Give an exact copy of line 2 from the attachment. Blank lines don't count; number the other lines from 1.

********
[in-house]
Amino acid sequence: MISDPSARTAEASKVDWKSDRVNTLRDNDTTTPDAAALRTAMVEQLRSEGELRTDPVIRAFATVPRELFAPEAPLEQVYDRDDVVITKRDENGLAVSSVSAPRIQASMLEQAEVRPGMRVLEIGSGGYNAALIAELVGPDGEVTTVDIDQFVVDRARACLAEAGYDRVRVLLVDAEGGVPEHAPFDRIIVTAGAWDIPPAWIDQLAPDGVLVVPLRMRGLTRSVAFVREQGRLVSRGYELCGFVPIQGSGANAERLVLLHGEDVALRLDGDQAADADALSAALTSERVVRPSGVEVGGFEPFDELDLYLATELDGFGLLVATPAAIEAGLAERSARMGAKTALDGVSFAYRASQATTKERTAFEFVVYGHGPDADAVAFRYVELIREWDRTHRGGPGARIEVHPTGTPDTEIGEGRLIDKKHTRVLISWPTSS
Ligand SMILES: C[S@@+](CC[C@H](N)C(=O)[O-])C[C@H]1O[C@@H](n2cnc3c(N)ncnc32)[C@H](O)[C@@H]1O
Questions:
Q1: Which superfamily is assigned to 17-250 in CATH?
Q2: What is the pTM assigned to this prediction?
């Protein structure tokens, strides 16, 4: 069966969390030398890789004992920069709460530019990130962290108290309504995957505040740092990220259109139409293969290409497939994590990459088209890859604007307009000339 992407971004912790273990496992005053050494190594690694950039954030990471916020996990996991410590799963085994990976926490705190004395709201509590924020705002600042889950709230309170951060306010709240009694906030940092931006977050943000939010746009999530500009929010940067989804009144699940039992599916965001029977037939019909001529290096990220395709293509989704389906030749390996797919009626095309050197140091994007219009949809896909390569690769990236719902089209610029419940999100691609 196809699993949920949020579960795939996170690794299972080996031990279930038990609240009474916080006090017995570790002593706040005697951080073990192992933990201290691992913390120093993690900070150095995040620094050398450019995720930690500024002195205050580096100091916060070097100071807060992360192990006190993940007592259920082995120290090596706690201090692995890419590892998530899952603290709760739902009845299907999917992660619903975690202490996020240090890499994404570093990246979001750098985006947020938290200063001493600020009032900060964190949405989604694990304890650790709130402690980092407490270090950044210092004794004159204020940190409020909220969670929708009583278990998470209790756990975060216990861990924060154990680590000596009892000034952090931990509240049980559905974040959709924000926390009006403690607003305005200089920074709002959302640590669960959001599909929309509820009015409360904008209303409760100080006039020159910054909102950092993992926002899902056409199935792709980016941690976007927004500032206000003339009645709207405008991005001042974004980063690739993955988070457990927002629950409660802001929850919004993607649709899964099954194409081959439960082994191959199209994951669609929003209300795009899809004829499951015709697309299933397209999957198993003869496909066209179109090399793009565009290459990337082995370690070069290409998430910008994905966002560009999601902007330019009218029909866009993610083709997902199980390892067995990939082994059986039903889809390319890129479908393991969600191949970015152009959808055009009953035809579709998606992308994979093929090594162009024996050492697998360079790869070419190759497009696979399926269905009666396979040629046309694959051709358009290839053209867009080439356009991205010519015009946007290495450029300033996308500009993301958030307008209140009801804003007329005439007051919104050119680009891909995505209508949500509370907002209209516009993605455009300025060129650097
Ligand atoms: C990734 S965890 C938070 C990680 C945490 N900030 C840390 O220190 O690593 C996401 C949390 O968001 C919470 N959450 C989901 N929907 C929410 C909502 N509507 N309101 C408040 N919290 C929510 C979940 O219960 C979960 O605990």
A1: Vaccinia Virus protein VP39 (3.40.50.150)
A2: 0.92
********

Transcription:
Amino acid sequence: MISDPSARTAEASKVDWKSDRVNTLRDNDTTTPDAAALRTAMVEQLRSEGELRTDPVIRAFATVPRELFAPEAPLEQVYDRDDVVITKRDENGLAVSSVSAPRIQASMLEQAEVRPGMRVLEIGSGGYNAALIAELVGPDGEVTTVDIDQFVVDRARACLAEAGYDRVRVLLVDAEGGVPEHAPFDRIIVTAGAWDIPPAWIDQLAPDGVLVVPLRMRGLTRSVAFVREQGRLVSRGYELCGFVPIQGSGANAERLVLLHGEDVALRLDGDQAADADALSAALTSERVVRPSGVEVGGFEPFDELDLYLATELDGFGLLVATPAAIEAGLAERSARMGAKTALDGVSFAYRASQATTKERTAFEFVVYGHGPDADAVAFRYVELIREWDRTHRGGPGARIEVHPTGTPDTEIGEGRLIDKKHTRVLISWPTSS